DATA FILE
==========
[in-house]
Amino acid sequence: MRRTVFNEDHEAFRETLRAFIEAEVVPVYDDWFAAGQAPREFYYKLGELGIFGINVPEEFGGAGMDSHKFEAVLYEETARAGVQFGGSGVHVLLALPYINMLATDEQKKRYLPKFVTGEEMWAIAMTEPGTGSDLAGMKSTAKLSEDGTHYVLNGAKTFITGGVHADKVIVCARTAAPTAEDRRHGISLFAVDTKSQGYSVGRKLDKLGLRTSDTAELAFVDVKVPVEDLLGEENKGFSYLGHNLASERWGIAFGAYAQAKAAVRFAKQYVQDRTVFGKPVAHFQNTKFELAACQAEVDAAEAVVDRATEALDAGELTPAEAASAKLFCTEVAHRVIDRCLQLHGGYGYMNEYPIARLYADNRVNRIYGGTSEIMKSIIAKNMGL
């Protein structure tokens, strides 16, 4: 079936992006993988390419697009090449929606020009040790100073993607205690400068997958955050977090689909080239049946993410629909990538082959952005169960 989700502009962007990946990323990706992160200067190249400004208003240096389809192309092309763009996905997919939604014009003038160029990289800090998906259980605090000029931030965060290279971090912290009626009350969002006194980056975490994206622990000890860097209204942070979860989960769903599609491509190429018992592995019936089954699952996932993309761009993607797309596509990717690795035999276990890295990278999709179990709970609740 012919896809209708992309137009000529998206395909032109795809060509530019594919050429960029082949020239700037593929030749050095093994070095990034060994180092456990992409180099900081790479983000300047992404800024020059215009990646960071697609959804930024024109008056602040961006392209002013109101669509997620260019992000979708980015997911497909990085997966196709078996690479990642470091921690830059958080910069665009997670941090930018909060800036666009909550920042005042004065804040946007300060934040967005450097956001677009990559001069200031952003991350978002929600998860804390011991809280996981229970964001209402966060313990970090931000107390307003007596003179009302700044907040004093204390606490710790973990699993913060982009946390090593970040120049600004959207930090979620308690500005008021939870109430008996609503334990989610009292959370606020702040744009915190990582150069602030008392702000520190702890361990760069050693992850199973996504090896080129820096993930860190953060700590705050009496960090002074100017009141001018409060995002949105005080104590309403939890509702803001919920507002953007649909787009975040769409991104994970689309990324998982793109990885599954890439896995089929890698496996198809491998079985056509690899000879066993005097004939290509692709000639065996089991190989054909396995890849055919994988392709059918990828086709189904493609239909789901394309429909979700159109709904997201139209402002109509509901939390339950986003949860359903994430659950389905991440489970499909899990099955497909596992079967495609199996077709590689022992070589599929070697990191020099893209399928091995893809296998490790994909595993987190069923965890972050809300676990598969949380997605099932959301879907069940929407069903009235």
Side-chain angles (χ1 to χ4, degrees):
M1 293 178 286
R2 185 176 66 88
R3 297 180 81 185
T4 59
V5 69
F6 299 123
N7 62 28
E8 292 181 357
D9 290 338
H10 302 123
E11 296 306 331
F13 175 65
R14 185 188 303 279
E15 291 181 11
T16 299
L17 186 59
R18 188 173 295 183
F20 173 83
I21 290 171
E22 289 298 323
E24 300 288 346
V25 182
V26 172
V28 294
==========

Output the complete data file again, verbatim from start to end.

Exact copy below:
[in-house]
Amino acid sequence: MRRTVFNEDHEAFRETLRAFIEAEVVPVYDDWFAAGQAPREFYYKLGELGIFGINVPEEFGGAGMDSHKFEAVLYEETARAGVQFGGSGVHVLLALPYINMLATDEQKKRYLPKFVTGEEMWAIAMTEPGTGSDLAGMKSTAKLSEDGTHYVLNGAKTFITGGVHADKVIVCARTAAPTAEDRRHGISLFAVDTKSQGYSVGRKLDKLGLRTSDTAELAFVDVKVPVEDLLGEENKGFSYLGHNLASERWGIAFGAYAQAKAAVRFAKQYVQDRTVFGKPVAHFQNTKFELAACQAEVDAAEAVVDRATEALDAGELTPAEAASAKLFCTEVAHRVIDRCLQLHGGYGYMNEYPIARLYADNRVNRIYGGTSEIMKSIIAKNMGL
């Protein structure tokens, strides 16, 4: 079936992006993988390419697009090449929606020009040790100073993607205690400068997958955050977090689909080239049946993410629909990538082959952005169960 989700502009962007990946990323990706992160200067190249400004208003240096389809192309092309763009996905997919939604014009003038160029990289800090998906259980605090000029931030965060290279971090912290009626009350969002006194980056975490994206622990000890860097209204942070979860989960769903599609491509190429018992592995019936089954699952996932993309761009993607797309596509990717690795035999276990890295990278999709179990709970609740 012919896809209708992309137009000529998206395909032109795809060509530019594919050429960029082949020239700037593929030749050095093994070095990034060994180092456990992409180099900081790479983000300047992404800024020059215009990646960071697609959804930024024109008056602040961006392209002013109101669509997620260019992000979708980015997911497909990085997966196709078996690479990642470091921690830059958080910069665009997670941090930018909060800036666009909550920042005042004065804040946007300060934040967005450097956001677009990559001069200031952003991350978002929600998860804390011991809280996981229970964001209402966060313990970090931000107390307003007596003179009302700044907040004093204390606490710790973990699993913060982009946390090593970040120049600004959207930090979620308690500005008021939870109430008996609503334990989610009292959370606020702040744009915190990582150069602030008392702000520190702890361990760069050693992850199973996504090896080129820096993930860190953060700590705050009496960090002074100017009141001018409060995002949105005080104590309403939890509702803001919920507002953007649909787009975040769409991104994970689309990324998982793109990885599954890439896995089929890698496996198809491998079985056509690899000879066993005097004939290509692709000639065996089991190989054909396995890849055919994988392709059918990828086709189904493609239909789901394309429909979700159109709904997201139209402002109509509901939390339950986003949860359903994430659950389905991440489970499909899990099955497909596992079967495609199996077709590689022992070589599929070697990191020099893209399928091995893809296998490790994909595993987190069923965890972050809300676990598969949380997605099932959301879907069940929407069903009235």
Side-chain angles (χ1 to χ4, degrees):
M1 293 178 286
R2 185 176 66 88
R3 297 180 81 185
T4 59
V5 69
F6 299 123
N7 62 28
E8 292 181 357
D9 290 338
H10 302 123
E11 296 306 331
F13 175 65
R14 185 188 303 279
E15 291 181 11
T16 299
L17 186 59
R18 188 173 295 183
F20 173 83
I21 290 171
E22 289 298 323
E24 300 288 346
V25 182
V26 172
V28 294